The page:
36. Swanee

    As the ole saying goes; say it with a KISS (keep it simple stupid). The most obivious are usually the simplest. Great idea. Thx!!!!!

  37. Monique

    Oh so cool! This has changed my knit cast on life forever! Thank you and fantastic. Can’t wait to share with my knit group.

  38. Lynn

    Absolutely brilliant! I hope to be using this method later today.
    Thanks so much.

  39. Barb

    So simple. Thanks for a much needed solution.

  40. Shannon

    This is quite possibly the greatest knitting trick I’ve learned yet. Thanks so much!!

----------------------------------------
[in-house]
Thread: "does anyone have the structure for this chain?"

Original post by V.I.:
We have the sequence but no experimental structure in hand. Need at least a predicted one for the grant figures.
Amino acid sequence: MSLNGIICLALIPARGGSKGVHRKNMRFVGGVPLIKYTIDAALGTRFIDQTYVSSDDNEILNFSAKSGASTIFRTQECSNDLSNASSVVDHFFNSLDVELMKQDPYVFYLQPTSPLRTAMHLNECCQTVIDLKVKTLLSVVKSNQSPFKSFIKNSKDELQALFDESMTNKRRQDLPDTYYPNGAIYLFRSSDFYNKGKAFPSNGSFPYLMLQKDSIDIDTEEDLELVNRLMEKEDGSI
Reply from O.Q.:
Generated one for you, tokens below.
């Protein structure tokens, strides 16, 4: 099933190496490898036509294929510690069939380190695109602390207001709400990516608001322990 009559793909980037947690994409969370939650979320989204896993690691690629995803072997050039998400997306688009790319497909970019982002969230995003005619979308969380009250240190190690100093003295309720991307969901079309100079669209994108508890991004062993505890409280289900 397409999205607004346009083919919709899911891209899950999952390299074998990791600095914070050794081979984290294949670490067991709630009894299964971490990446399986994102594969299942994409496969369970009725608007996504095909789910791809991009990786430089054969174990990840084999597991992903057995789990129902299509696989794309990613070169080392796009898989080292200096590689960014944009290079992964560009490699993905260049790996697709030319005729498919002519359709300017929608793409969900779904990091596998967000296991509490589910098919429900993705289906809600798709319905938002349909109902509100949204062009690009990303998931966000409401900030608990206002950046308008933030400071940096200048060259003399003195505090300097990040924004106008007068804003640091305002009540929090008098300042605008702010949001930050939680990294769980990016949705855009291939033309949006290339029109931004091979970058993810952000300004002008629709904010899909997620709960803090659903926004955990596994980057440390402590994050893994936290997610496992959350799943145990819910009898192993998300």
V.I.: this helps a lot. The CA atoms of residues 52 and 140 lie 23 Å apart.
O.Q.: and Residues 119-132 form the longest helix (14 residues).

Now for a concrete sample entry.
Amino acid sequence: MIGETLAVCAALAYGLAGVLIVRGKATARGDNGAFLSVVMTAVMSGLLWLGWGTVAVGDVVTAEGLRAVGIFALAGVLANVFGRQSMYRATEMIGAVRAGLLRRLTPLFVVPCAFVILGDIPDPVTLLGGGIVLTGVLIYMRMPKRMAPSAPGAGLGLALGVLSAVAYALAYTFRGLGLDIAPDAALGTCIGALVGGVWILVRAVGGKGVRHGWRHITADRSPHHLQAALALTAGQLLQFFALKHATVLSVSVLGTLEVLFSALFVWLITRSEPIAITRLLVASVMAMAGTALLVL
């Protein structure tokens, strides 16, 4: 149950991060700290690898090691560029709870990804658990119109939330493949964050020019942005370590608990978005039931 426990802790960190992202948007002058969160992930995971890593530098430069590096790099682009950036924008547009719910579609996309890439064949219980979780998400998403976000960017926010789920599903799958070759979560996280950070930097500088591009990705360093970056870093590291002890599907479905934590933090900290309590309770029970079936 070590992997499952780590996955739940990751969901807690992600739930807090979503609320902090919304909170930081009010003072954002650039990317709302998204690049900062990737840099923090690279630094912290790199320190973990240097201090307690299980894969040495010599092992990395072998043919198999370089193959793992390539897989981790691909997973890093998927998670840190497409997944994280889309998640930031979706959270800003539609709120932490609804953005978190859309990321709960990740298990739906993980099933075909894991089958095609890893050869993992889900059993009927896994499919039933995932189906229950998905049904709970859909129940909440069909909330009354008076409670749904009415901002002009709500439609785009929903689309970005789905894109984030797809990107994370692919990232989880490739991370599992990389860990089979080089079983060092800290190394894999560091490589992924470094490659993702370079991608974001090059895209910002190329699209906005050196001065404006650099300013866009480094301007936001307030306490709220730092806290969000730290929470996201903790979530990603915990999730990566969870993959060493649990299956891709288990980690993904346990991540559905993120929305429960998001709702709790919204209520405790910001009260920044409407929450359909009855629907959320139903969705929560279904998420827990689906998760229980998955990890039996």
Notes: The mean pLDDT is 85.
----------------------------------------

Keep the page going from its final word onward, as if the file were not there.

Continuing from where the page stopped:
41. Diane DiVito

    This is sheer genius. Thanks. Was concerned because I had to cast on 200+ stitches and was sure I would screw up with too much or too little tail. You saved me a ton of work.

  42. Wendy

    Genius! Love all the tips on your website! Keep them coming!

  43. Barbara Margolis

    I made up a version using two skeins of yarn but your way makes much more sense. Thanks for sharing.

  44. Rona

    Love this! Brilliant! Thanks for sharing! 🙂

  45. Linda Kraft

    Why didn’t I think of that? Great suggestion.

  46. dmw

    thank you…. thank you… thank you… and the people around me thank you because they won’t have to hear me having a meltdown when i miss-estimate any longer! Simple solution to an age-old problem – this is wonderful!

  47. Catherine

    Sorry for typo in first post.